Sure, Red Hat uses the oVirt project as the basis of its own Red Hat Enterprise Virtualization (RHEV), but the oVirt project itself is one of technology's best kept secrets. Well, the secret is out. I had the pleasure of speaking with Brian Proffitt, the oVirt project's Community Liaison, about what oVirt does, who uses it, and what they use it for. Red Hat's oVirt project is a free, open source project that might surprise you with its enterprise capabilities and for its potential as a drop-in replacement for VMware's ESXi and competing products. It's time to shed some light on the oVirt project and get some widespread adoption for it.
What exactly is oVirt, you ask?
From the oVirt website:
oVirt is a virtual datacenter manager that delivers powerful management of multiple virtual machines on multiple hosts. Using KVM and libvirt, oVirt can be installed on Fedora, CentOS, or Red Hat Enterprise Linux hosts to set up and manage your virtual data center.
The problem with oVirt is that it historically hasn't gained the notoriety of competing and associated products, such as:
- Red Hat Enterprise Virtualization (RHEV)
- VMware ESX/ESXi
- Citrix XenServer
oVirt is a complete virtual machine management system. It is also the innovation engine for RHEV. Any new features that appear in RHEV appear in oVirt first.
The oVirt project also has possibilities as a VDI host environment as evidenced by the University of Seville (Spain) case study. The primary reason that the University of Seville decided to go with oVirt as an alternative to VMware is cost. The university has more than 60,000 enrolled students, so the scale of the project required technical staff to look for less expensive alternatives to traditional technologies but "...according to Miguel Rueda, Technical Manager of Universidad de Sevilla, the costs for a vSphere solution "were really high," which led IT decision makers at the University to turn to UDS Enterprise for a more cost-effective solution."
Additionally, the university technical staff use CentOS virtual machines (VMs) to further lower desktop operating system costs compared to that of Windows desktops. In fact, the university staff created their VDI infrastructure using all free software, which saved a lot of money for the project.
The university pays a subscription fee to UDS Enterprise, the University's cost savings through the use of open source software, the increased lifespan of their workstations, and the centralization of application management still delivered significant savings to the institution.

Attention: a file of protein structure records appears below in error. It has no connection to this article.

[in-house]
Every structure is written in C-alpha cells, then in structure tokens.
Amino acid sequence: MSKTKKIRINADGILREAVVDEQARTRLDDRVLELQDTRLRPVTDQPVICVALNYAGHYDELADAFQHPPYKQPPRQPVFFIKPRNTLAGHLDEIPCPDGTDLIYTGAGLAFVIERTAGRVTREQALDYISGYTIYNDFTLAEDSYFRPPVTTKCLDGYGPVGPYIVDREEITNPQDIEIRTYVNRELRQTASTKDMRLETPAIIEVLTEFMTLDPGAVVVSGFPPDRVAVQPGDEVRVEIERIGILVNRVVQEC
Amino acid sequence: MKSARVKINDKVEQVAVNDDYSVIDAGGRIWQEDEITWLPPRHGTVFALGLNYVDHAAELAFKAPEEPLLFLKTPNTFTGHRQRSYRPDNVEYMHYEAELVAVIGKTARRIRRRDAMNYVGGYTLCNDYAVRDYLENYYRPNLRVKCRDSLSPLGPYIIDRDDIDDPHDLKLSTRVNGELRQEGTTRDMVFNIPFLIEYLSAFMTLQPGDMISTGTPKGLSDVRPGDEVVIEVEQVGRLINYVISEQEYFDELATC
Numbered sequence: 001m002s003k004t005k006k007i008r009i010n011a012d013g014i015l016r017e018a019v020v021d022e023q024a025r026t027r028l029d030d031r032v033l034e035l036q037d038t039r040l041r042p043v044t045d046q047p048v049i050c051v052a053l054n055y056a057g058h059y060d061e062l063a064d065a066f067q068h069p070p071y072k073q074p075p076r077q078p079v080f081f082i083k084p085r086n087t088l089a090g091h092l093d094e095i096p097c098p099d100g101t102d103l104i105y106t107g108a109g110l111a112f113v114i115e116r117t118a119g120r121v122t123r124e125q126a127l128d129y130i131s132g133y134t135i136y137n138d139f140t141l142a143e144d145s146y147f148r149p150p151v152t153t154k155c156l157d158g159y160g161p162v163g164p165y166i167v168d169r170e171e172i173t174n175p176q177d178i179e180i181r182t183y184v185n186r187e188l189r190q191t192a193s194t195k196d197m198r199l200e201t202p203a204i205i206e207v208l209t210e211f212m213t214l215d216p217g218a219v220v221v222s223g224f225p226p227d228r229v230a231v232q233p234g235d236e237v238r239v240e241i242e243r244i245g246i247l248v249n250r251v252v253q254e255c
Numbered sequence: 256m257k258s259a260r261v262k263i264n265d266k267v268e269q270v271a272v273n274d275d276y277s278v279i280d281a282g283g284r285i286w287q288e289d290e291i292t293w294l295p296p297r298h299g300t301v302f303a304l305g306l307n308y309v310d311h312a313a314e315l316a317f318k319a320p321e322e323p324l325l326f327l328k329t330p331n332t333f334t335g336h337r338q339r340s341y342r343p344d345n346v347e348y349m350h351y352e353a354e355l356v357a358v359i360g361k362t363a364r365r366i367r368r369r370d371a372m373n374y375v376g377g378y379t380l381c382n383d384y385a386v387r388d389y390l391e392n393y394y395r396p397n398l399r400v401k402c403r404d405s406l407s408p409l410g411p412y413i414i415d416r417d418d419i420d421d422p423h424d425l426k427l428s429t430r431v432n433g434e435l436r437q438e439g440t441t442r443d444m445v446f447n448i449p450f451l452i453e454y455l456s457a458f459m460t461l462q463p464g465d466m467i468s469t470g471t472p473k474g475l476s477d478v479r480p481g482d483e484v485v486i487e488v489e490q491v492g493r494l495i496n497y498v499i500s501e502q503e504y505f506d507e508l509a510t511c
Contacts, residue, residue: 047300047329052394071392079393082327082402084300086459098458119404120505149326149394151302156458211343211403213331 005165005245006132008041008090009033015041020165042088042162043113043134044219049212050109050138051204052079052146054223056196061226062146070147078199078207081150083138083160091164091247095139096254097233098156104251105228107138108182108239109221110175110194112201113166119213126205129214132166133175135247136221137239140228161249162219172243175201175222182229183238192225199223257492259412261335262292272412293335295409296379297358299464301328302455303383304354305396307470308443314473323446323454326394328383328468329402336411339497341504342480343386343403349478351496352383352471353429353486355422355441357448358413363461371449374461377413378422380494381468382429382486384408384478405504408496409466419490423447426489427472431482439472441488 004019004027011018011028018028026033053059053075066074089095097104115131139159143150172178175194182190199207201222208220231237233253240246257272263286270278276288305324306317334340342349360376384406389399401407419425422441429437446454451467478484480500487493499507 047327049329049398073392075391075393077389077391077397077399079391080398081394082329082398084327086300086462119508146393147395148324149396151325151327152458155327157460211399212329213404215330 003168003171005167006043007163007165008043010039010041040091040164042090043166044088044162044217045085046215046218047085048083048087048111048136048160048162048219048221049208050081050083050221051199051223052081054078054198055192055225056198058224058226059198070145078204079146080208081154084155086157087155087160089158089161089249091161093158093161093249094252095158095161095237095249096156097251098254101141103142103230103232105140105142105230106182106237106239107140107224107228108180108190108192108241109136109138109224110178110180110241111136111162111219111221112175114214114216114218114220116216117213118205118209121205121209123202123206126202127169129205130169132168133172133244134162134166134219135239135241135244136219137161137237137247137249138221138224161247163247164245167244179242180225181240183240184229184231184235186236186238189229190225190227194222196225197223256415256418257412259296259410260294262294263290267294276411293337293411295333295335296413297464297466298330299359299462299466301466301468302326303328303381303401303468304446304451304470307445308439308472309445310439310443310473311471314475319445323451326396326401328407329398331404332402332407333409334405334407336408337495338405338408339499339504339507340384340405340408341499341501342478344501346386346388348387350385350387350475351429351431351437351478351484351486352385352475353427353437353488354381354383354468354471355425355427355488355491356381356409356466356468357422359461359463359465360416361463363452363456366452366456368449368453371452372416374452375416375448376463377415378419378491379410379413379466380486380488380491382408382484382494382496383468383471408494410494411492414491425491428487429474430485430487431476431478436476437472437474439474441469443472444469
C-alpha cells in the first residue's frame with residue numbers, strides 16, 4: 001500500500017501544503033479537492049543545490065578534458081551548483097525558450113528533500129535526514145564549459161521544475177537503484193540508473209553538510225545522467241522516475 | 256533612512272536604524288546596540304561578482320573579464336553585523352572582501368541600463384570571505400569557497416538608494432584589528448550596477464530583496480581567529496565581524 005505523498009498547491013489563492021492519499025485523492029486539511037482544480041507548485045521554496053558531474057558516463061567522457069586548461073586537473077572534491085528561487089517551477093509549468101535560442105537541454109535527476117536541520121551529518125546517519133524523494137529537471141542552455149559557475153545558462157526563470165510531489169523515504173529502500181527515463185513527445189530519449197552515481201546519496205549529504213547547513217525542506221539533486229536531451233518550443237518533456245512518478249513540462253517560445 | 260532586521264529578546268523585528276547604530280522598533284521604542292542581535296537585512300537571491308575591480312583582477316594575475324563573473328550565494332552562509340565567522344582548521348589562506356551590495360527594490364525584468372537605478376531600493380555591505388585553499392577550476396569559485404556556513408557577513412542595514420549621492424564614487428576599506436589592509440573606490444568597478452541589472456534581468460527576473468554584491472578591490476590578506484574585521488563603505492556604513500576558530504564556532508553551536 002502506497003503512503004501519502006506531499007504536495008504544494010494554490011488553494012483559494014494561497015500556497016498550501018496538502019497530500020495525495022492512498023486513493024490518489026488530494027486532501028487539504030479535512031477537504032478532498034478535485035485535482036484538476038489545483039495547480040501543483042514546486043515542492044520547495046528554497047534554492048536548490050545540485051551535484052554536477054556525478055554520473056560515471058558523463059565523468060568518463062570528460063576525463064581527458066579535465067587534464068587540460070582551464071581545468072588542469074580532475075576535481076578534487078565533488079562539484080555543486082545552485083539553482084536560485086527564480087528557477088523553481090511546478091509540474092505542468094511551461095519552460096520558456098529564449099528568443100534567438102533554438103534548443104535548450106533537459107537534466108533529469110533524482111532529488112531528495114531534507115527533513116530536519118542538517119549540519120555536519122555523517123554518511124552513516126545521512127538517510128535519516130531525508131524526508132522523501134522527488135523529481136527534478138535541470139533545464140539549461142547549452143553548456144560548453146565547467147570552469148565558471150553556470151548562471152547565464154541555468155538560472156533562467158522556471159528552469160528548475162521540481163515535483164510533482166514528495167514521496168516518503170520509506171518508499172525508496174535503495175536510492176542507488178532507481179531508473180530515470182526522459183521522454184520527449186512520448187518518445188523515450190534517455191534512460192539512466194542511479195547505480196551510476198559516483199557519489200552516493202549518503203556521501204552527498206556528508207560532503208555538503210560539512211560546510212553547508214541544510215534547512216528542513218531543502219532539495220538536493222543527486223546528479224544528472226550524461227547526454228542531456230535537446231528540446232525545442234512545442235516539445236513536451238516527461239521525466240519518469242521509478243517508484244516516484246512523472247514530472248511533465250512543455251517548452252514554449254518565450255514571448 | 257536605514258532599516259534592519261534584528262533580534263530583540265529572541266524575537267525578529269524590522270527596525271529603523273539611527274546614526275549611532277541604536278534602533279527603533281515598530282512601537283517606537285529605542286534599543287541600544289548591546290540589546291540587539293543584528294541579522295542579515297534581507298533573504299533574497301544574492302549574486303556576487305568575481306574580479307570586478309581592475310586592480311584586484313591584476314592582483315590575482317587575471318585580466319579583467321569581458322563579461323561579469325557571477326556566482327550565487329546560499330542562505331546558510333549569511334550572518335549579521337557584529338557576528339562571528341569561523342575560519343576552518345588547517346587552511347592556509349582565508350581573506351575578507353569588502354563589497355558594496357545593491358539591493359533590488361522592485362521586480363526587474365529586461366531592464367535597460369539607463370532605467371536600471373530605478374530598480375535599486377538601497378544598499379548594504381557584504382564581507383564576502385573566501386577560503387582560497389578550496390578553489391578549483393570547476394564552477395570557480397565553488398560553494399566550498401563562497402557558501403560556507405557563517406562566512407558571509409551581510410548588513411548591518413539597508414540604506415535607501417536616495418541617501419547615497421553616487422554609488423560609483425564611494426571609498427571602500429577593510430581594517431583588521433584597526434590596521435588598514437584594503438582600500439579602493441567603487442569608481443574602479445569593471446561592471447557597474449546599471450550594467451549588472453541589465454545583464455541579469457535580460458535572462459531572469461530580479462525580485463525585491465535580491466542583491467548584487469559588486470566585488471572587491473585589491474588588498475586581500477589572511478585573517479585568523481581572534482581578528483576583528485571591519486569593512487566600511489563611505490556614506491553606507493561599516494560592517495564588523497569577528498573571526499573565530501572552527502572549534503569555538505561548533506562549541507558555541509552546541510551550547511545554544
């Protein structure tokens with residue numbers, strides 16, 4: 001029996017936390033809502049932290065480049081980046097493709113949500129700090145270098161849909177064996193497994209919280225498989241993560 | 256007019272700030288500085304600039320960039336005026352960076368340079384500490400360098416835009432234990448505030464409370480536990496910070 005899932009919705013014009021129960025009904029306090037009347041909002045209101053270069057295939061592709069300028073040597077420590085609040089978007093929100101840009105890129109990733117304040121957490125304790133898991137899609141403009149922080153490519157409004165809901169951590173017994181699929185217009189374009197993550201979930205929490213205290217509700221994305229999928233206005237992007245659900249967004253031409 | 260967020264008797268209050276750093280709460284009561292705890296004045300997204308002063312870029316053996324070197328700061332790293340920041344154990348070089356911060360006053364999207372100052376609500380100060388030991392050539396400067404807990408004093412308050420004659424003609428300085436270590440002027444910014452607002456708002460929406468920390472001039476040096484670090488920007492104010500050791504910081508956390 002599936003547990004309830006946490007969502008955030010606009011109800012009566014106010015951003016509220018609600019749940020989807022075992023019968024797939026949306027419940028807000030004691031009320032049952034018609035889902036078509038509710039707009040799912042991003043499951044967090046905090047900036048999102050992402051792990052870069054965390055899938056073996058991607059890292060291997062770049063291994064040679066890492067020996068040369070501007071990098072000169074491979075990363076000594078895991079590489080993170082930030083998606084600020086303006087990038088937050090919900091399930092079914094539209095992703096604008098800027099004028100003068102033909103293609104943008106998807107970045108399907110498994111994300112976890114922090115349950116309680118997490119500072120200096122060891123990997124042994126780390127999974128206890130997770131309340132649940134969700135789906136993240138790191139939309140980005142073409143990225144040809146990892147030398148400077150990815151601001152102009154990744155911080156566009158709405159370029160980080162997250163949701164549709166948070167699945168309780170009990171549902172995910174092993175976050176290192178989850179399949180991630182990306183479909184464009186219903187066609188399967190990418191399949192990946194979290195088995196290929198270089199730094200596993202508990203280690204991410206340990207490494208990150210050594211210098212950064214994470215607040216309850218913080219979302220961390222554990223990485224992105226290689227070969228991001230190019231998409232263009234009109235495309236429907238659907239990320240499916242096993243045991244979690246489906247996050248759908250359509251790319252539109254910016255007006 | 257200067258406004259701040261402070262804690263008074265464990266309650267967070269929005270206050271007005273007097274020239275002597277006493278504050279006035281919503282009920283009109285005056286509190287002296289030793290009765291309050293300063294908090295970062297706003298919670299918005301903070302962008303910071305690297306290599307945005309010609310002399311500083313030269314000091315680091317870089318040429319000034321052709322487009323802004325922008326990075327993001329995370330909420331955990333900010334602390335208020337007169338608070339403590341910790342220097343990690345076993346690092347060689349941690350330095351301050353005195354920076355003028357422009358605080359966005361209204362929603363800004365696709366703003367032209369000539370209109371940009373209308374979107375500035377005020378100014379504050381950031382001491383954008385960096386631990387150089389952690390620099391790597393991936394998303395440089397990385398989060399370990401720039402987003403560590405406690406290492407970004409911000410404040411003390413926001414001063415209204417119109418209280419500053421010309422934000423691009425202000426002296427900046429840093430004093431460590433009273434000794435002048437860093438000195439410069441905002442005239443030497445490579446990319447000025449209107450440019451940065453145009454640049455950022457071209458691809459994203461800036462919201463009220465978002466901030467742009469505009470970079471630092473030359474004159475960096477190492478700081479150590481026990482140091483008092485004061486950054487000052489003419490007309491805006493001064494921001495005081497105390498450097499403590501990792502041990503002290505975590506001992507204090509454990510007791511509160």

oVirt Features include:
- Manage multiple virtual machines via web browser
- Sophisticated user interface allows management of all aspects of your datacenter
- Choice of means of allocation of VMs to hosts: manual, "optimized", pinned
- Live migration of VMs from one hypervisor to another
- Add new hypervisor nodes easily and centrally
- Monitor resource usage on VMs
- Manage quotas for use of resources (storage, compute, network)
- Self-service console for simple and advanced use cases
- Standalone or add-on installation
- High availability
- Self-hosted engine
- iSCSI, Fibre Channel, NFS, and local storage
- Load balancing
- Built on KVM hypervisor
- Open source
Choosing open source software, especially those projects like oVirt that don't have a huge following, is difficult. As we all know, open source software isn't always easier than the alternatives. But it's never been about how easy it is; it's about freedom of choice and freedom in general. And then there's the perception of open source. A customer of mine once told me, "We don't want to use that stuff because the guy up in his cabin who's programming it might decide that he's tired of doing it or that he's mad at someone and sabotages it."
That's not an uncommon viewpoint of open source software. Others feel that because it's open source that it's less valuable and somehow less secure than commercial software is.
Of course, I disagree. I think open source software is about freedom -- freedom without the shackles that often come with certain commercial vendors who feel that their software is perfect the way it is and you don't get to toss in your two cents nor do you get incremental updates. You have to wait for major updates and pay a lot of money for them to boot. So much for brand loyalty. I digress.
Fortunately, the University of Seville has UDS Enterprise to turn to for assistance. It's always good to have a second set of eyes and extra hands available when you need them. The university probably could have implemented all of the solution alone, but the cushion of commercial support doesn't hurt -- especially when things go wrong.
One very cool thing that Brian pointed out during our discussion is the low hardware and software requirements for oVirt. Chances are good that you have a system available right now that's capable of running oVirt and for testing a few VMs.
oVirt Host System Hardware Requirements:
- 4 GB RAM
- 20 GB disk space
oVirt Host System Operating System Requirements:
- Fedora 20
- CentOS 6.6, 7.0
- Red Hat Enterprise Linux 6.6, 7.0
- Scientific Linux 6.6, 7.0
The oVirt project is a community-driven undertaking so if you want to get involved, and there are several ways to do so (it's not all coding), check out oVirt's Community and oVirt's Develop pages. Be sure to contact Brian if you're interested in one of the Global Workshops, which you can attend or help setup.
My thanks to Brian Proffitt, the oVirt contributors, Red Hat, and the oVirt Community as a whole for setting up and continuing this much needed project. Thanks for giving us a choice.
What do you think of oVirt? If you think it's worthy of more exposure, tell someone -- heck, tell everyone. Download it, install it, try it, and tell me what you think of it. If you work for a company that uses oVirt for your enterprise virtualization solution, send me an email and I'll setup an interview with you to find out more.